Cash-strapped Kenyans increasingly used household goods, livestock and office equipment to borrow Sh43.56 billion from commercial banks in the year to August when small businesses were starved of credit.
Central Bank of Kenya (CBK) data shows that nearly a third of the new loans of Sh150.56 billion issued by commercial banks used household goods, live animals and office equipment as collateral.
This is thanks to the Movable Property Security Rights Act 2017 that has enabled banks to diversify collateral from the tradition of using immovable assets — primarily land and buildings — which are beyond the reach of most Kenyans.
The Sh43.5 billion was more than double the Sh19.6 billion worth of loans extended using movable securities in the year to August last year, underlining the bankers comfort in accepting household goods as security.
This trend emerged during a period when the legal caps on interest rates had pushed banks to turn their backs on millions of low-income customers and small businesses who were deemed as too risky to lend to.
Bankers link the jump to the creation of an electronic registry under the movable property law, which allows lenders to track properties used for loans as well as allow banks to lay claim on the assets.
“The moveable assets register sort of brought into the pool additional possibilities for collateral beyond what was initially there (land and buildings as well as motor vehicles’ logbooks),” Kenya Bankers Association (KBA) chief executive Habil Olaka said on phone.
“That could have boosted the ability of those borrowers who initially could not access loans because they don’t have land and buildings to now be able to access credit and use those assets as collateral.” Borrowers can use movable assets they already own or banks can finance the purchase of the property for their listing at the registry
The law and regulations created a single electronic registry for movable assets used as security for bank loans, which makes it easier for borrowers who do not own land or buildings to also access loans on strength of the movable properties.
Initially, ownership of collateral in the form of movable assets could easily be transferred without a bank’s knowledge, leaving it exposed in case of a default.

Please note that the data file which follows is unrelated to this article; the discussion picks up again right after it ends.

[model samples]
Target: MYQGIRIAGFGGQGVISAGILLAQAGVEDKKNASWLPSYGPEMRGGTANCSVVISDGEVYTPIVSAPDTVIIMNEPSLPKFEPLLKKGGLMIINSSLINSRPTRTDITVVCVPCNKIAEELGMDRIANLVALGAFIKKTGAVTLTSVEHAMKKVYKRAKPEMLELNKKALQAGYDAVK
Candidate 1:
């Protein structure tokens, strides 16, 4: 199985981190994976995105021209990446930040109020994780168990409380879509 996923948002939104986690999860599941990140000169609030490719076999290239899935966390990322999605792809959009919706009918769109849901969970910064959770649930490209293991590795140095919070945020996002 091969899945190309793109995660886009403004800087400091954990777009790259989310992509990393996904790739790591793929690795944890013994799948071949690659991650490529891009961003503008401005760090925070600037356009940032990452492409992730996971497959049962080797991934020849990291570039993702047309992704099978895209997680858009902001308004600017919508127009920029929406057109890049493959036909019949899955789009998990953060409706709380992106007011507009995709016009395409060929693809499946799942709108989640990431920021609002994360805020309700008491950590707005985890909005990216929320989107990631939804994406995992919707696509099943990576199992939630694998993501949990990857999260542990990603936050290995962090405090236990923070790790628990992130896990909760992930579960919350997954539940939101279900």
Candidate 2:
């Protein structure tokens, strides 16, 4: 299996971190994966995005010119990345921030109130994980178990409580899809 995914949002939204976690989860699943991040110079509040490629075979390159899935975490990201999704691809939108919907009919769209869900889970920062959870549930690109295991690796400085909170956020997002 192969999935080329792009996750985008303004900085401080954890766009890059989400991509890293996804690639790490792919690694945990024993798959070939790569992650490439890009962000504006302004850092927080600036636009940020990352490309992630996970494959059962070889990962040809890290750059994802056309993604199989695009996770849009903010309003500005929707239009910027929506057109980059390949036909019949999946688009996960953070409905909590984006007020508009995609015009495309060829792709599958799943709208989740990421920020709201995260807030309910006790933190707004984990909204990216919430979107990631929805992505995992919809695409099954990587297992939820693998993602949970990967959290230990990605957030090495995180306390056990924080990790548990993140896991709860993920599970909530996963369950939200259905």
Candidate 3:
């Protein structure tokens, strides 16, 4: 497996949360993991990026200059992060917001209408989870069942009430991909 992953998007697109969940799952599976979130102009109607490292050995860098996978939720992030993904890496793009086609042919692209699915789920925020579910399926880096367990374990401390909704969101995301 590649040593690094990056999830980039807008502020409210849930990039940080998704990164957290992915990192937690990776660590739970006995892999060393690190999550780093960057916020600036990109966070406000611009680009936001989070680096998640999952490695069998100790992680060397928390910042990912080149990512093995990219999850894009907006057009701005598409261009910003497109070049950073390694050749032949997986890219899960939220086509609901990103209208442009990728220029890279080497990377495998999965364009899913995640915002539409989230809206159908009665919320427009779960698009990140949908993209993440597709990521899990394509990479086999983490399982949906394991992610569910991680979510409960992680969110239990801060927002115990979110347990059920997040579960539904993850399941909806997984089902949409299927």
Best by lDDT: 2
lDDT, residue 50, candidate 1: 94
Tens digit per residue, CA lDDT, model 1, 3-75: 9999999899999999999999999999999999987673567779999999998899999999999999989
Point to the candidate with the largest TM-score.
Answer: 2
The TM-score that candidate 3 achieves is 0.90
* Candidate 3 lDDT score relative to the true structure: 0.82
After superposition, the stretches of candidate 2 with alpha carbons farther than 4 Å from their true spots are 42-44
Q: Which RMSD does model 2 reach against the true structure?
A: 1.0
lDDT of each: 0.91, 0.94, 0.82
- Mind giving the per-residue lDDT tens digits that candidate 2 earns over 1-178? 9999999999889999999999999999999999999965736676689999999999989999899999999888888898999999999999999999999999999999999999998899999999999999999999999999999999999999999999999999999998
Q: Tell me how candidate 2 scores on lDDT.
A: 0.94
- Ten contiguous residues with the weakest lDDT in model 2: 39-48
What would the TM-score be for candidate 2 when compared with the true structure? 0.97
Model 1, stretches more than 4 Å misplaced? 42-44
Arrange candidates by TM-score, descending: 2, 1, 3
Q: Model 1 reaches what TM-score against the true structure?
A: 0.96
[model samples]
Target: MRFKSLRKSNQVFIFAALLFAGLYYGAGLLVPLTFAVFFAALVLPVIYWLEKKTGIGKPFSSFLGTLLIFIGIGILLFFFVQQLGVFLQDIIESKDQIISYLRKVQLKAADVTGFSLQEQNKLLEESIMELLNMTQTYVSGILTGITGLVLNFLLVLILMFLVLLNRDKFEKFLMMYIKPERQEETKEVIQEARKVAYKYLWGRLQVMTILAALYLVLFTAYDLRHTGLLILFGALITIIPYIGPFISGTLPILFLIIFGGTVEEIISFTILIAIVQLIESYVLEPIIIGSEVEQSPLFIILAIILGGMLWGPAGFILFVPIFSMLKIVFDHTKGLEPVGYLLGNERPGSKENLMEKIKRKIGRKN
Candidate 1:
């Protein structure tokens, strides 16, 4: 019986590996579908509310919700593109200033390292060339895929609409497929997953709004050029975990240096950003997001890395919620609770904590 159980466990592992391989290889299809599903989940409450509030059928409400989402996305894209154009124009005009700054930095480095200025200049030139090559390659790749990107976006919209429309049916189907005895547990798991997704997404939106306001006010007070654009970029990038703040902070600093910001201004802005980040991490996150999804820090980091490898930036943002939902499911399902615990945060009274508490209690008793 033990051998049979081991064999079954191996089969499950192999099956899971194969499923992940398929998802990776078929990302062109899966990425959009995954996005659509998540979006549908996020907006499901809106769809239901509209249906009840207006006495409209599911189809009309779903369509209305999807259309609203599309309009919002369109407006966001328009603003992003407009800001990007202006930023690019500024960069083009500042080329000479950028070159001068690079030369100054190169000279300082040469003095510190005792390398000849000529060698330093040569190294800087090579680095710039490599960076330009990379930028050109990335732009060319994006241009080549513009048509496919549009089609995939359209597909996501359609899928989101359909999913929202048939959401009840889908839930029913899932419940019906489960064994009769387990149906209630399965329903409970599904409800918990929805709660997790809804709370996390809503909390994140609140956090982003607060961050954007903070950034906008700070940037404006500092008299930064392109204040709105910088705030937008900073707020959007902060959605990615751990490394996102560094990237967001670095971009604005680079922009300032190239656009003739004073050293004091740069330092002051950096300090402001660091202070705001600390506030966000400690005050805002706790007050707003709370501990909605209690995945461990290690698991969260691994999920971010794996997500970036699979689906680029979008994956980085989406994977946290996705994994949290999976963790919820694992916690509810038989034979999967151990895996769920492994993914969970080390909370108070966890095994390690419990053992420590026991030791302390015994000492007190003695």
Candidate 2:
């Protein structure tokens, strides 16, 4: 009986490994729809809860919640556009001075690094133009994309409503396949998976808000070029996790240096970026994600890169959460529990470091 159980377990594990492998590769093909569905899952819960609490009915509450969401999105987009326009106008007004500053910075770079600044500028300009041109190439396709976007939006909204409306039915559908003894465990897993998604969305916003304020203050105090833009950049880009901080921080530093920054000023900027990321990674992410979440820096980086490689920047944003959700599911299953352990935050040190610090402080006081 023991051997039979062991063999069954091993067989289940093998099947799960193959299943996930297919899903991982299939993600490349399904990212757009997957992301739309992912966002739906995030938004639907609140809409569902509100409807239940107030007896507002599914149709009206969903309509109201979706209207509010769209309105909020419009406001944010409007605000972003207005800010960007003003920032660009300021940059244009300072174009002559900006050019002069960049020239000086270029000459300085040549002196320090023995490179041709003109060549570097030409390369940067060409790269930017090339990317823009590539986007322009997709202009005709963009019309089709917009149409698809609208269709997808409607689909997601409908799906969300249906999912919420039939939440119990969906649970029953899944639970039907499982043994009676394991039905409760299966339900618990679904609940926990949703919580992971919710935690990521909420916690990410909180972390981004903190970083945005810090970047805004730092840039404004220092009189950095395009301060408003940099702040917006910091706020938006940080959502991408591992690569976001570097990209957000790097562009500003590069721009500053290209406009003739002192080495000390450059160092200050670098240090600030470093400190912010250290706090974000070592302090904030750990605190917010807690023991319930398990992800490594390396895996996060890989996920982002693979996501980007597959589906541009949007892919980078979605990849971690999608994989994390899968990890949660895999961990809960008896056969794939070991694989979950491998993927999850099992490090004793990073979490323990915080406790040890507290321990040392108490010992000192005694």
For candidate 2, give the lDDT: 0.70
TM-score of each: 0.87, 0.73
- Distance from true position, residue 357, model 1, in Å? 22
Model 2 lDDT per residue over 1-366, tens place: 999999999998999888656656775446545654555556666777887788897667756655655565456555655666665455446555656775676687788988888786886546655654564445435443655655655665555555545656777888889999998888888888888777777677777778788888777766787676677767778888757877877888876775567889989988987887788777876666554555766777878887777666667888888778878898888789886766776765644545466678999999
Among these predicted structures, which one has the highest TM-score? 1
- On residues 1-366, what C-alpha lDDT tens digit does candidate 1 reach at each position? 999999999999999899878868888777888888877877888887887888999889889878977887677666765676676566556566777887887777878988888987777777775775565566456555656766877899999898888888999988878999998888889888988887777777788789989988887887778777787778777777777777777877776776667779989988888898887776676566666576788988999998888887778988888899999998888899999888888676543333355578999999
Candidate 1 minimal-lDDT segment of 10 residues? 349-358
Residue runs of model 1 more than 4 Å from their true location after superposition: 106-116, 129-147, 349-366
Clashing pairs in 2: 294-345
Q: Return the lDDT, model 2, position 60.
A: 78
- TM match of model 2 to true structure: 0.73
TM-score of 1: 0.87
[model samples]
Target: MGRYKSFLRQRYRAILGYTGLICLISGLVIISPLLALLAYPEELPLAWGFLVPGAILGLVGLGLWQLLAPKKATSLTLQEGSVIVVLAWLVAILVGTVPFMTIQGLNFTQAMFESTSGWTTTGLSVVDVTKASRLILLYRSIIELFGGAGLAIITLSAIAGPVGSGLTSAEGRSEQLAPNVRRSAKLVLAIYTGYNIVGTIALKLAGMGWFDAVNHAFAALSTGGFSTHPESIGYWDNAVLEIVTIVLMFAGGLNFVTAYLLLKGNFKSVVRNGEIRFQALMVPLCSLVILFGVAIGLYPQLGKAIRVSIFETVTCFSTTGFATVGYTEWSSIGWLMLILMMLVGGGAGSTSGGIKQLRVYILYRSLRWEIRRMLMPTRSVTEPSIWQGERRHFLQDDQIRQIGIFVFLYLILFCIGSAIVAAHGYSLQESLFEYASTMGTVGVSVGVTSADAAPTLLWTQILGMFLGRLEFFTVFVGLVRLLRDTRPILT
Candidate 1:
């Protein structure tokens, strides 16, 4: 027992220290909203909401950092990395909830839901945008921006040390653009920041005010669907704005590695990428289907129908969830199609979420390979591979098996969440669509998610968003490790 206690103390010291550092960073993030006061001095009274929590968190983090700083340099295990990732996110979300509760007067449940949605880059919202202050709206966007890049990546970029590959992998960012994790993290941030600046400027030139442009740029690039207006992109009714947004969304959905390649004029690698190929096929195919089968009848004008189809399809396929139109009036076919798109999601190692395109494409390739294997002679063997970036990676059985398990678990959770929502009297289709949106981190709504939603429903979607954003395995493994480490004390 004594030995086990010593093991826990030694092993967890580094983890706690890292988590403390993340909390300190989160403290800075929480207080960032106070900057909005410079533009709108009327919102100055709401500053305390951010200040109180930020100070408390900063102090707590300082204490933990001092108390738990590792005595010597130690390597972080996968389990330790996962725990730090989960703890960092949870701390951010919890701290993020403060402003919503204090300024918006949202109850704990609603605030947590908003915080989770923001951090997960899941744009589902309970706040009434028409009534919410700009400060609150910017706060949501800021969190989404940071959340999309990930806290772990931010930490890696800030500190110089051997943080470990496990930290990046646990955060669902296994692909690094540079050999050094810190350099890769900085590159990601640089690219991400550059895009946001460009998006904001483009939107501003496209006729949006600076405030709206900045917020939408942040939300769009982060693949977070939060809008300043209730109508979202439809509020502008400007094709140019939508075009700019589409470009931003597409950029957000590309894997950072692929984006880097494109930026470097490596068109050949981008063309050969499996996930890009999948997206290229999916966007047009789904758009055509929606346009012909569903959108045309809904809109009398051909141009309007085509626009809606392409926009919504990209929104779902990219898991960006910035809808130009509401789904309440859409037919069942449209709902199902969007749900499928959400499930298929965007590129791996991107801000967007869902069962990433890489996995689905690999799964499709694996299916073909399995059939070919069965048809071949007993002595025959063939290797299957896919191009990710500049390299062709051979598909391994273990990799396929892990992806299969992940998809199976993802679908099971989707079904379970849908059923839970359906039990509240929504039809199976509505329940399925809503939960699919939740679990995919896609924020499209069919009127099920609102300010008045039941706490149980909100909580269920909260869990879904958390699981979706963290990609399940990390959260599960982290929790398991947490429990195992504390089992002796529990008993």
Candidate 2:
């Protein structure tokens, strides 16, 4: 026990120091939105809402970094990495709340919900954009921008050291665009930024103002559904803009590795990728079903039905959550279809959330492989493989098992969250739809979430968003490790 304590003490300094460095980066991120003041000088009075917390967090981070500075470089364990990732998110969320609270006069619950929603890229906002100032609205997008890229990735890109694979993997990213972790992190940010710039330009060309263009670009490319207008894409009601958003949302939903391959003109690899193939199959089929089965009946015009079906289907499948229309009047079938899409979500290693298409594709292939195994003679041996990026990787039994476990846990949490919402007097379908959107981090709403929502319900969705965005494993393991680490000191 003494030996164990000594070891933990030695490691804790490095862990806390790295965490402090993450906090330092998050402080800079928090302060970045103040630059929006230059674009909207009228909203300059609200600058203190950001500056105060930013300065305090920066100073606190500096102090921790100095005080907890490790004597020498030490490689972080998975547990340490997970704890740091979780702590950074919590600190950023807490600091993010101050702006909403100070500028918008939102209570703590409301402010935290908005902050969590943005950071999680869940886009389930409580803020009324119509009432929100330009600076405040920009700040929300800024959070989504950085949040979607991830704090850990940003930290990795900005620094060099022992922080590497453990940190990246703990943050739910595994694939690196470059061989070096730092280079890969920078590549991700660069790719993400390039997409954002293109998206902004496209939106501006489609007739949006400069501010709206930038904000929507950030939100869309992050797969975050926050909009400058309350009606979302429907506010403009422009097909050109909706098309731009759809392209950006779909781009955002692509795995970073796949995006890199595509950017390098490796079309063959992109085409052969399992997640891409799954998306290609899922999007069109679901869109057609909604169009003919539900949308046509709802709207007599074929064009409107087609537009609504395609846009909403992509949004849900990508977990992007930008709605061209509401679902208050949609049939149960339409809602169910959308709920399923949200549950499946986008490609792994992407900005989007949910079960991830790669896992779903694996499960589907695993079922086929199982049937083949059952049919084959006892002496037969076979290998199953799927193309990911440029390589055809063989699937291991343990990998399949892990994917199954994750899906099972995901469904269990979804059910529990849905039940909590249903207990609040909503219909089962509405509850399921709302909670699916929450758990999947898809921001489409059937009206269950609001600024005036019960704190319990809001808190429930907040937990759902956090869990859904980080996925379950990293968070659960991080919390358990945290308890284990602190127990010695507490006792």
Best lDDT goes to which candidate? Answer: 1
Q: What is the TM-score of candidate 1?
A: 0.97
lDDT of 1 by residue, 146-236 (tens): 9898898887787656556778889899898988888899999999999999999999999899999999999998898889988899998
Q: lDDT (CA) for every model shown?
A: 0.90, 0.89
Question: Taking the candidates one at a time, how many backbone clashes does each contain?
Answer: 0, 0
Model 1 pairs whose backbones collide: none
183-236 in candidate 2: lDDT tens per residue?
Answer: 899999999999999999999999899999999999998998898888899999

Banks have traditionally not accepted movable assets as collateral for loans because of lack of a central database they could log into and make a claim on an asset attached to a loan.
Household items, motor vehicles, furniture, office equipment, livestock, crops, stocks, intellectual property such as signed contracts by artistes, and inventory are some of the moveable assets that have been embraced by banks as collateral for loans, says a CBK-backed study.
The statistics show that consumer durables like vehicles, washing machines and fridges is the only credit segment that has posted a steady double-digit growth in nine months through August, with expansion in loans rising from 11.0 percent in December 2018 to 23 percent.
Growth in loans for movable assets was nearly four times higher than the average private sector credit flow of 6.3 percent year-on-year in August, the fastest pace post rate cap law.
Household loans, which are mainly based on pay slips, grew at the second fastest pace of 8.6 percent (Sh34.31 billion) followed by trade (8.4 percent or Sh35.19 billion), manufacturing (7.5 percent or Sh24.71 billion) and finance and insurance (6.3 percent or Sh5.63 billion).
These sectors appear to be the safe bets for the risk-averse banks, which have since September 2016 been rationing credit based on risk of default, with the government being the biggest beneficiary.
The rise in use of household goods and office equipment as security comes in a period when corporate Kenya has witnessed reduced profitability that has ushered in job cuts, freezes in hiring and near stagnant wages in the race to protect profit margins.
This has resulted in cash flow problems for homes and small businesses, which reflect the fact that Kenyans with more than Sh100, 000 as savings in their bank accounts last year dropped for the first time in more than 13 years.
Borrowers are required to register their collateral at the eCitizen online platform, under the business registration service.
Banks then use the collateral registry to determine the risk profile and subsequent facility for which a client qualifies.
The lenders advance loans of lower than the value of the asset, allowing them to recoup their cash on repossession of the property in event of a default. The borrower, therefore, pays part of the cost of acquiring the asset.
“By virtue of the fact that it (an asset) is now in the register, you (the lenders) are able to trace that asset… and take that asset back because it’s an identified item that is used as collateral. So, in the event of default, you fall back on that collateral just like the way the land and building have been,” Dr Olaka said.